US Department of Defense

 

Date of this Version

2010

Comments

Published in Brain and Cognition, 74, (2010), 186–192

Abstract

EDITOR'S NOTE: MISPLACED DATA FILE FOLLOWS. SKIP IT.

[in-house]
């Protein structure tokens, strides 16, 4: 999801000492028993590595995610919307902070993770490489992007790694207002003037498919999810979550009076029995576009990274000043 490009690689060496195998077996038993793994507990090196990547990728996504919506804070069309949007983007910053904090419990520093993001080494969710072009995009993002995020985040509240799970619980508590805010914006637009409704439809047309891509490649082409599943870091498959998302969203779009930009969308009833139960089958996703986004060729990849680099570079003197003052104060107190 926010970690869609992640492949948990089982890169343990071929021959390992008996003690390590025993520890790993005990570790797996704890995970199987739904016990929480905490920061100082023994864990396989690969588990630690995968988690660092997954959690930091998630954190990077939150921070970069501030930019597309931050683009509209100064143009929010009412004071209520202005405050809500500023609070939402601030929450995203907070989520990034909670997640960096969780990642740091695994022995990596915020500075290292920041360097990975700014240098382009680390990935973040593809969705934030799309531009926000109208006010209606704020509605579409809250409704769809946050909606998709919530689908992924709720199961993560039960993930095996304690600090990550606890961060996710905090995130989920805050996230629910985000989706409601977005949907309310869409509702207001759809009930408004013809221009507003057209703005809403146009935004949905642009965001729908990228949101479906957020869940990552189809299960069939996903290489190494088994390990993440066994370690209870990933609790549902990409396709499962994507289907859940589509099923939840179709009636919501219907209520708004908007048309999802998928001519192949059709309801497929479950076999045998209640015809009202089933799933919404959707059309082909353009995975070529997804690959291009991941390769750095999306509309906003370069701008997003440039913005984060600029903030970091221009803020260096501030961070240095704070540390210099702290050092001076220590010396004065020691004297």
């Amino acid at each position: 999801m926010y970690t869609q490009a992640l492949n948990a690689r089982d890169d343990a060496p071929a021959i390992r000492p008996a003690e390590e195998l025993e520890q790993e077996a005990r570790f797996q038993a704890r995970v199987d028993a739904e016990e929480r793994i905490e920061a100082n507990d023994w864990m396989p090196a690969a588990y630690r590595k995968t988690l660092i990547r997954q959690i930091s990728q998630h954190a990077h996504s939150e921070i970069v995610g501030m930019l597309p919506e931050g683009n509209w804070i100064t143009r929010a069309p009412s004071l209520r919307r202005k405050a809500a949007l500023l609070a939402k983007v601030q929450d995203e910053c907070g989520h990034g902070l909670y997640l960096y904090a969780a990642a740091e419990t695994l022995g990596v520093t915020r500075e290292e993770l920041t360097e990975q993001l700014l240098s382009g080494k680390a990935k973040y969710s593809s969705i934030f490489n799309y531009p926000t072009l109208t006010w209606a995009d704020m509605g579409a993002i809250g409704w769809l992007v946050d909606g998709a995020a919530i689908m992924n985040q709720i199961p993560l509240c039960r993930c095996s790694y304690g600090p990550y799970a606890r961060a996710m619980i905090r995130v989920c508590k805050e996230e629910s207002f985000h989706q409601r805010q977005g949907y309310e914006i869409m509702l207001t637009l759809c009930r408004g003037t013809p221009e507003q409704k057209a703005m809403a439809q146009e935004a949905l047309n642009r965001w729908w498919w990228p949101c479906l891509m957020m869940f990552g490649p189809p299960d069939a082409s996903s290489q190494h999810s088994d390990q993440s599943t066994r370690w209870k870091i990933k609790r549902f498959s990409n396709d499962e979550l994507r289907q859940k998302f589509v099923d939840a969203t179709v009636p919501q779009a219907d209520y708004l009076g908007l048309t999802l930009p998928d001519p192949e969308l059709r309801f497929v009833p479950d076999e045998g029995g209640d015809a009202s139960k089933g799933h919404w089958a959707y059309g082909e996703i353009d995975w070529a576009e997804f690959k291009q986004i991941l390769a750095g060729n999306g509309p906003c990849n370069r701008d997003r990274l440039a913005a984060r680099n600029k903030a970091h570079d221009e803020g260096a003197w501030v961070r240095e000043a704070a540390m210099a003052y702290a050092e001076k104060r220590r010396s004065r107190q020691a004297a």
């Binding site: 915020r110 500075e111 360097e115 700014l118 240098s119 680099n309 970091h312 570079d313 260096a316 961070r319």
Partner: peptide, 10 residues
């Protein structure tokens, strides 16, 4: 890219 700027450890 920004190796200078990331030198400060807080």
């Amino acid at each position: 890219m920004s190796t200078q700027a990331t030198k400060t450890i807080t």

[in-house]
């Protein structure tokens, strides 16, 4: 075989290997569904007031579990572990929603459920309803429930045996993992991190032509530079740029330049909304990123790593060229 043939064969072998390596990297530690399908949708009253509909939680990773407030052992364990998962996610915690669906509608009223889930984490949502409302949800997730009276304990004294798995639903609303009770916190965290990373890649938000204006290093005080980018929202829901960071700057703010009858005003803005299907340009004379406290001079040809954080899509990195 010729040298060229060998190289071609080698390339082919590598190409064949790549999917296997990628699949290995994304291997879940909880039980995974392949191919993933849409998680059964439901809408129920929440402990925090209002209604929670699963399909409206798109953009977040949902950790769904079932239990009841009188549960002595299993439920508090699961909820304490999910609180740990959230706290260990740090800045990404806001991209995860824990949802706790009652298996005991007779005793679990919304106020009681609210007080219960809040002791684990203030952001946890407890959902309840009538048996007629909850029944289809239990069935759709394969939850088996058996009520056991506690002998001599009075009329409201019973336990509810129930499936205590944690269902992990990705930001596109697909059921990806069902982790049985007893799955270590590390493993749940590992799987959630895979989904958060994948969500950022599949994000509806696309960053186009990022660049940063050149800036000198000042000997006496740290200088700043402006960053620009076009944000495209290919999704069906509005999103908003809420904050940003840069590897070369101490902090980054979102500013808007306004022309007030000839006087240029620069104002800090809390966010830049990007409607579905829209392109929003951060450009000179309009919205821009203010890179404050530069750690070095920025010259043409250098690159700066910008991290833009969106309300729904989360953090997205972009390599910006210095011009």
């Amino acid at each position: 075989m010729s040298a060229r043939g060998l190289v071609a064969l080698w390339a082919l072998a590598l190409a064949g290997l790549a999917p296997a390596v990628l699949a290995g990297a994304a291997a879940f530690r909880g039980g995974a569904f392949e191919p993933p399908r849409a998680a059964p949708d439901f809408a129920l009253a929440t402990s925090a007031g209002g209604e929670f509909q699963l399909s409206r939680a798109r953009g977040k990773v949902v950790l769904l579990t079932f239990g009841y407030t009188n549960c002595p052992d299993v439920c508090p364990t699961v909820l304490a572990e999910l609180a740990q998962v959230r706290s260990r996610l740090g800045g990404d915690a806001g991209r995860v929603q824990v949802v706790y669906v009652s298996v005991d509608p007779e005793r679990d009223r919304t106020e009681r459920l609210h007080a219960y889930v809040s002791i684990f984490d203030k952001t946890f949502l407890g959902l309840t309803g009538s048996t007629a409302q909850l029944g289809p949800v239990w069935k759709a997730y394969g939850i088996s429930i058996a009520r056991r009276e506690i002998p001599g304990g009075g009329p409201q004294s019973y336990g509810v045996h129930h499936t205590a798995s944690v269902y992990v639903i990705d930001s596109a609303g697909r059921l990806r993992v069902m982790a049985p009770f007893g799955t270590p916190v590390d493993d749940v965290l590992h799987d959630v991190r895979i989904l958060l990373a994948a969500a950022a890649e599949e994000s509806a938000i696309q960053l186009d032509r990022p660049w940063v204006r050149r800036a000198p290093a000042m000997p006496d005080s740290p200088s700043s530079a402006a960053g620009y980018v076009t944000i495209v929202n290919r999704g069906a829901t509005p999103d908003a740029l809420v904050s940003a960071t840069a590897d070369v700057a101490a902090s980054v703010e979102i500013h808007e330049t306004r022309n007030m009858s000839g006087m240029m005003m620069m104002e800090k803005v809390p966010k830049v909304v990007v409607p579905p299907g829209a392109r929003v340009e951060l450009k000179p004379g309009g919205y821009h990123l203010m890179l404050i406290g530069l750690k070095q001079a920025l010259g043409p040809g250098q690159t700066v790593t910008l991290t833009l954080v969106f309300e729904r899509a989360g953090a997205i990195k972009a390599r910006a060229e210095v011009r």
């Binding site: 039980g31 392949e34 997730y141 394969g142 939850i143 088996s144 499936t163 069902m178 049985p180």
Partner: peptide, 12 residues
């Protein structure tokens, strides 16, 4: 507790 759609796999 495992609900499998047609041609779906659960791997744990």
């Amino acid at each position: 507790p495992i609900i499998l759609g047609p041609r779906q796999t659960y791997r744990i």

Recent work suggests that a dose of 200–400 mg caffeine can enhance both vigilance and the executive control of visual attention in individuals with low caffeine consumption profiles. The present study seeks to determine whether individuals with relatively high caffeine consumption profiles would show similar advantages. To this end, we examined the effects of four caffeine doses (0 mg, 100 mg, 200 mg, 400 mg) on low- and high-level visual attention in individuals with high consumption profiles (n = 36), in a double-blind study using a repeated measures design. Results from the Attention Network Test indicated that caffeine enhanced both vigilance and the executive control of visual attention, but only at the highest administered dose (400 mg). We demonstrate that in habitual consumers high doses of caffeine can produce beneficial changes in visual attention. These results carry implications for the theorized interactions between caffeine, adenosine and dopamine in brain regions mediating visual attention.